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Research Papers

Rotordynamics of a Highly Flexible Hub for Inside-Out Ceramic Turbine Application: Finite Element Modeling and Experimental Validation

[+] Author and Article Information
Céderick Landry

Institut interdisciplinaire d'innovation
technologique,
Université de Sherbrooke,
3000 boul. de l'Université,
Sherbrooke, QC J1K 0A5, Canada
e-mail: Cederick.Landry@USherbrooke.ca

Patrick K. Dubois

Institut interdisciplinaire d'innovation
technologique,
Université de Sherbrooke,
3000 boul. de l'Université,
Sherbrooke, QC J1K 0A5, Canada
e-mail: Patrick.K.Dubois@USherbrooke.ca

Jean-Sébastien Plante

Faculté de génie,
Université de Sherbrooke,
2500 boul. de l'Université,
Sherbrooke, QC J1K 2R1, Canada
e-mail: Jean-Sebastien.Plante@USherbrooke.ca

François Charron

Faculté de génie,
Université de Sherbrooke,
2500 boul. de l'Université,
Sherbrooke, QC J1K 2R1, Canada
e-mail: Francois.R.Charron@USherbrooke.ca

Mathieu Picard

Faculté de génie,
Université de Sherbrooke,
3000 boul. de l'Université,
Sherbrooke, QC J1K 0A5, Canada
e-mail: Mathieu.Picard@USherbrooke.ca

Contributed by the Technical Committee on Vibration and Sound of ASME for publication in the JOURNAL OF VIBRATION AND ACOUSTICS. Manuscript received October 4, 2016; final manuscript received August 1, 2017; published online September 29, 2017. Assoc. Editor: John Yu.

J. Vib. Acoust 140(1), 011013 (Sep 29, 2017) (10 pages) Paper No: VIB-16-1491; doi: 10.1115/1.4037700 History: Received October 04, 2016; Revised August 01, 2017

The inside-out ceramic turbine (ICT) is a promising concept to increase turbine inlet temperatures in microturbines by integrating individual monolithic ceramic. This architecture uses a carbon–polymer composite rim to support the blades mainly in compression. High tangential velocities lead to elevated radial displacement of the rim, and therefore, the rotor hub needs to have sufficient compliance to follow this radial displacement. However, the rotordynamics of a flexible hub is not widely understood. This paper presents the rotordynamic analysis of a highly flexible hub for an ICT architecture. Finite element modeling (FEM) is used to design a simplified turbine prototype that maximizes the hub flexibility to explore the limits of the concept. The rotordynamics behavior of the highly flexible hub is measured by spinning a 171-mm diameter prototype up to 49 krpm. This paper highlights three principal challenges of this particular rotordynamics. First, critical speeds mode shape becomes highly coupled with bearings displacement, shaft bending, and hub deformation. At high-speed, the hub deforms out of phase with the shaft, which can cause high stresses in the hub. Second, the angular position between unbalance masses of the flexible hub and the composite rim changes the unbalance response significantly. Finally, vibration causes high stresses in the hub, due to the relative displacement between the composite rim and the shaft, which could lead to failure of the hub. Nevertheless, the rotordynamics of an ICT configuration is manageable as long as the vibration-induced stress in the hub is kept under its limit.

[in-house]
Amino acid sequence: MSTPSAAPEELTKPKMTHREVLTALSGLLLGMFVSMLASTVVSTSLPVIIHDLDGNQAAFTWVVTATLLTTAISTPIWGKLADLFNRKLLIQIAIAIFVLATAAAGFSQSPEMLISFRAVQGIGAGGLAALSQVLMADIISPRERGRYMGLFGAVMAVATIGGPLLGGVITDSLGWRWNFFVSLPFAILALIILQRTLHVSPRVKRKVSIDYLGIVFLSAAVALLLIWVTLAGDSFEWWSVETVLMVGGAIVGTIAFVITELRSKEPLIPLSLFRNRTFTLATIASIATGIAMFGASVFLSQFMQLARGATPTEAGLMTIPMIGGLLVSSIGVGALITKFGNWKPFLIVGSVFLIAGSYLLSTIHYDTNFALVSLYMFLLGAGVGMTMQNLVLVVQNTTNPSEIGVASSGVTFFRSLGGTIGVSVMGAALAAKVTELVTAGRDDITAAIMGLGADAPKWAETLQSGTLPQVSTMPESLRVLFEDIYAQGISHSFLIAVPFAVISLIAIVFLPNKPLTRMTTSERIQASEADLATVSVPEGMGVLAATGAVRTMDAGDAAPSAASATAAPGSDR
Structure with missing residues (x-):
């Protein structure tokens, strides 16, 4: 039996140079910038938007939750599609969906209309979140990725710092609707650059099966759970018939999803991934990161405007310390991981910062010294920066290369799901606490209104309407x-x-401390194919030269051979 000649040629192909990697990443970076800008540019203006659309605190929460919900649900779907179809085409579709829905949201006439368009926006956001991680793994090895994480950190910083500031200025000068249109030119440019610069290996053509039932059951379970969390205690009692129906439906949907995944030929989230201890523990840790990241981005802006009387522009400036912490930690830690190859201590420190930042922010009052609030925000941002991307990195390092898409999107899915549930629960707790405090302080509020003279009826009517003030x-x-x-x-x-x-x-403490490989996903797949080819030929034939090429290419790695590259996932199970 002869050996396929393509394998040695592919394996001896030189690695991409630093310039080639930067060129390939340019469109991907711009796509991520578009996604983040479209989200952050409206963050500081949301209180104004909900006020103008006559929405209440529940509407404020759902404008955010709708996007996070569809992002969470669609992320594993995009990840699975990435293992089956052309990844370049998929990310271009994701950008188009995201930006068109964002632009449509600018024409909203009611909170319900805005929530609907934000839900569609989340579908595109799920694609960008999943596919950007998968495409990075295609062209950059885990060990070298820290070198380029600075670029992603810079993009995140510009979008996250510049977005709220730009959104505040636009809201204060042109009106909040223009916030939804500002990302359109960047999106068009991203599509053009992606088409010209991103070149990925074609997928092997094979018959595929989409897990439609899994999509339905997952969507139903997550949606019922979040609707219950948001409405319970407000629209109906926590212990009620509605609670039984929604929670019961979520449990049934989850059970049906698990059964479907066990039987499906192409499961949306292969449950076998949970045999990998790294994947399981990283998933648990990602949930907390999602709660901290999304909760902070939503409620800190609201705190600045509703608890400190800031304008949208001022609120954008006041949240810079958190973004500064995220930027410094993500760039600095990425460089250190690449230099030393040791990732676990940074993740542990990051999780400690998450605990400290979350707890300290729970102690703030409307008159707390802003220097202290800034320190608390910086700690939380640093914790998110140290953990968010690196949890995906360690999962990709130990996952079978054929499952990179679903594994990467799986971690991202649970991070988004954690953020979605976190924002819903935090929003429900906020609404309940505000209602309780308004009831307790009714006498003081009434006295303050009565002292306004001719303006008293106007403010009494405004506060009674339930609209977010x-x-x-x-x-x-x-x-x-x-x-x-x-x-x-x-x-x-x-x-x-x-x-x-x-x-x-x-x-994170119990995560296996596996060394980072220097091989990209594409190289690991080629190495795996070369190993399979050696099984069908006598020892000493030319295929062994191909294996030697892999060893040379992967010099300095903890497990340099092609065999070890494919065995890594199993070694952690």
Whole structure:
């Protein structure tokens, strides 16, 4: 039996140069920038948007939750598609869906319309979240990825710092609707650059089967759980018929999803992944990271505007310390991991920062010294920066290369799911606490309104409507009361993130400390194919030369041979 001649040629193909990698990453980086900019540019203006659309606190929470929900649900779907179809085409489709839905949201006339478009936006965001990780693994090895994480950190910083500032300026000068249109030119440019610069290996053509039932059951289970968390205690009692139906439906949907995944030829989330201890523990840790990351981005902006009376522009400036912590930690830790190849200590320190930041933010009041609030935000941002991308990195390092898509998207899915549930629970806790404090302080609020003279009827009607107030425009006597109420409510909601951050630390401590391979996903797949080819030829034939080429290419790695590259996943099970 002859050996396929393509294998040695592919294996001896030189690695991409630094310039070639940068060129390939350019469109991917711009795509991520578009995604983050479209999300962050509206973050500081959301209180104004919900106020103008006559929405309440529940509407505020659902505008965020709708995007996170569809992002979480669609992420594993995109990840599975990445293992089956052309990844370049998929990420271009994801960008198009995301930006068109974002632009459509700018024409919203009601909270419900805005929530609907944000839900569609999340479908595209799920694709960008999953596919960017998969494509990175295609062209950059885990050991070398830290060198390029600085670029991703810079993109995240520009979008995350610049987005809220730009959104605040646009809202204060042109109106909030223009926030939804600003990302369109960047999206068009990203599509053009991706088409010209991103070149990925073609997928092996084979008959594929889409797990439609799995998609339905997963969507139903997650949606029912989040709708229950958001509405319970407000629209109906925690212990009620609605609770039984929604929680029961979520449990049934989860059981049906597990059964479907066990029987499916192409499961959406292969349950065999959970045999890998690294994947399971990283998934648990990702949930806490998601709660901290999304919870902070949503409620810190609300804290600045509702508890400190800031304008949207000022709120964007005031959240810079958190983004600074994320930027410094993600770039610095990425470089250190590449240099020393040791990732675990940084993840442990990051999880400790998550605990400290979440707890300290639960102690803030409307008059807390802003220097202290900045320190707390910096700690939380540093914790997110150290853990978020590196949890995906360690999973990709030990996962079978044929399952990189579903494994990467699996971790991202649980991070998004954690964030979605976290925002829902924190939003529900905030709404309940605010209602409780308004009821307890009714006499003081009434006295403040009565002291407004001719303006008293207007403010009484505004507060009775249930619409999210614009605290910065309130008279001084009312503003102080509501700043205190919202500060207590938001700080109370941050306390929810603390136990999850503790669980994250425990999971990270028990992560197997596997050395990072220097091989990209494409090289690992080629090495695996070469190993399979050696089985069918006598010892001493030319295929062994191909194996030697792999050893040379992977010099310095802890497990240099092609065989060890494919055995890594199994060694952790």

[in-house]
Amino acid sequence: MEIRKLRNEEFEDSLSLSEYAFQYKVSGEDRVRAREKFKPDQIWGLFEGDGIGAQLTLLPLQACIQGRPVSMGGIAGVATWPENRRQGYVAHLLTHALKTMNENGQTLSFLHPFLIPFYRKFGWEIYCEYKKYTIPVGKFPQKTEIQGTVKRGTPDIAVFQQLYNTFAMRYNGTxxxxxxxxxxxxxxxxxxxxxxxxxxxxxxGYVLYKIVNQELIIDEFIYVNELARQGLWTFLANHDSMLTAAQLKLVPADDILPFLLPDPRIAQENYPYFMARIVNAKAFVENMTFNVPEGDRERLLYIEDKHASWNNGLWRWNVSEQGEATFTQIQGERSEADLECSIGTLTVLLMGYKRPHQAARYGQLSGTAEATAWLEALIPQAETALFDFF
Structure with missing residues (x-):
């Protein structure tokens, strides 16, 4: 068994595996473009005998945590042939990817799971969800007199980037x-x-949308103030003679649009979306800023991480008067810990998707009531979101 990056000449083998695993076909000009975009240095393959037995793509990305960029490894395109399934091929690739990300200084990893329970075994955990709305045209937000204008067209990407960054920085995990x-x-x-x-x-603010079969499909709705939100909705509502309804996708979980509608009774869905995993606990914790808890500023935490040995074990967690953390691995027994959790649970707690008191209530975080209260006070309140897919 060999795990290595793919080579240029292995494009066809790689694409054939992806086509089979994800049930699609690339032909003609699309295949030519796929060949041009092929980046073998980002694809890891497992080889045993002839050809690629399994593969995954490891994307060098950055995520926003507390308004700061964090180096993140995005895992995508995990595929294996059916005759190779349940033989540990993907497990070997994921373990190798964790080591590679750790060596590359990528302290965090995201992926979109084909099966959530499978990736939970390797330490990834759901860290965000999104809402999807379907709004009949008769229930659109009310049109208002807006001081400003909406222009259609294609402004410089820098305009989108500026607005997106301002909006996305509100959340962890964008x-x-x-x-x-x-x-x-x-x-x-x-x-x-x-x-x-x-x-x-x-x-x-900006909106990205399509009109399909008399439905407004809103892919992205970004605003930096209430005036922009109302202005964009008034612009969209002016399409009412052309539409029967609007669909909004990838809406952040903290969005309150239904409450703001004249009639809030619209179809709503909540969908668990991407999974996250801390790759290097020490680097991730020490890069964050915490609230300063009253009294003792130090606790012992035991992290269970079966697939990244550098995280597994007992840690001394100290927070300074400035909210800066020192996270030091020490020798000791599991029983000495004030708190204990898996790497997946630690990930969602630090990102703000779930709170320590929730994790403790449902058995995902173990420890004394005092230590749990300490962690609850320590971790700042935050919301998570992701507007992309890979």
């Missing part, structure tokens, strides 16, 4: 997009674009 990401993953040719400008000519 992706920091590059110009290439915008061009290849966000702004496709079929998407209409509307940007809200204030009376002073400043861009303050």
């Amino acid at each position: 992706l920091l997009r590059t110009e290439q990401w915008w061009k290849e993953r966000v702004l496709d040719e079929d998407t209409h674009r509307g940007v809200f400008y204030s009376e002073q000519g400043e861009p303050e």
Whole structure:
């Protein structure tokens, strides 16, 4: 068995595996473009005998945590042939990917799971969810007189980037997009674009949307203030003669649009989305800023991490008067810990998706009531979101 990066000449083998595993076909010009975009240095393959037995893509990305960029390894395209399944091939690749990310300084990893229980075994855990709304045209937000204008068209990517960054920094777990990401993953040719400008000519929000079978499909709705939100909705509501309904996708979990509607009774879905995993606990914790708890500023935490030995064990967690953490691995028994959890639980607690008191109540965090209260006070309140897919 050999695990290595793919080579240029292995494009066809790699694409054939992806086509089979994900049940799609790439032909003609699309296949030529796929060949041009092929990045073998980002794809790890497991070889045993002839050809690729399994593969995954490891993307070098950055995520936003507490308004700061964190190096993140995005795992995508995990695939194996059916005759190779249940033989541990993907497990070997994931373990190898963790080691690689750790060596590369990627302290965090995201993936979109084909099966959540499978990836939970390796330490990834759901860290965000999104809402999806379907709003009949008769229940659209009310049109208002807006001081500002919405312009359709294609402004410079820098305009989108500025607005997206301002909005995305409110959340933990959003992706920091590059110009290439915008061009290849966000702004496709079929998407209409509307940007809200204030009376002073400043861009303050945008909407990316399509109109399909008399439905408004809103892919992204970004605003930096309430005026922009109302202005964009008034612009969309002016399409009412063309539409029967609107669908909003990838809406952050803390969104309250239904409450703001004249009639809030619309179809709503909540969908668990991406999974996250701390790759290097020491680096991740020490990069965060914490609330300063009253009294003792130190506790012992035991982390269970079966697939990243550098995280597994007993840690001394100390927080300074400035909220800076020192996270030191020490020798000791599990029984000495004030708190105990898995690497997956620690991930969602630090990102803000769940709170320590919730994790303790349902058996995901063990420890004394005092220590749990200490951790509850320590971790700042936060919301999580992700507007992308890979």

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References

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Figures

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Fig. 1

Inside-out ceramic turbine [3]

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Fig. 2

Comparison of the real ICT prototype with the highly flexible prototype: (a) original ICT and (b) simplified ICT

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Fig. 3

A close view of the outer finger glued to the aluminum ring and the inner finger which is free to slide in the outer finger

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Fig. 4

Tested rotor prototype. It should be noted that the outer race drawing comes from the real bearing measurements, and the inner bearing is an approximate drawing.

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Fig. 6

Campbell diagram of the rotor (lateral vibrations only)

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Fig. 7

Modal stresses: (a) first critical speed at 34,300 rpm, (b) second critical speed at 45,500 rpm, and (c) third critical speed at 65,500 rpm

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Fig. 8

Unbalance masses on the rotor

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Fig. 9

Zero–peak amplitude of the unbalance response with unbalance masses angular positions to maximize each mode response at (a) the turbine shaft end, (b) the compressor end, and (c) the composite rim

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Fig. 10

Maximum hub stress for an unbalance response with unbalance masses angular positions to maximize each mode response

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Fig. 11

Tested simplified ICT prototype

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Fig. 12

Test bench used for spin test of the ICT prototype with flexible hub

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Fig. 13

Rotational speed of the prototype as a function of time

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Fig. 14

Waterfall diagram of the measured amplitude of the turbine shaft end

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Fig. 15

FEM unbalance response with comparison to experimental data (zero–peak amplitude) for (a) the composite rim, (b) the turbine shaft, and (c) the compressor end

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Fig. 16

Estimated stress from FEM: stresses from vibration only (left) and stresses from vibration and centrifugation combined (right)

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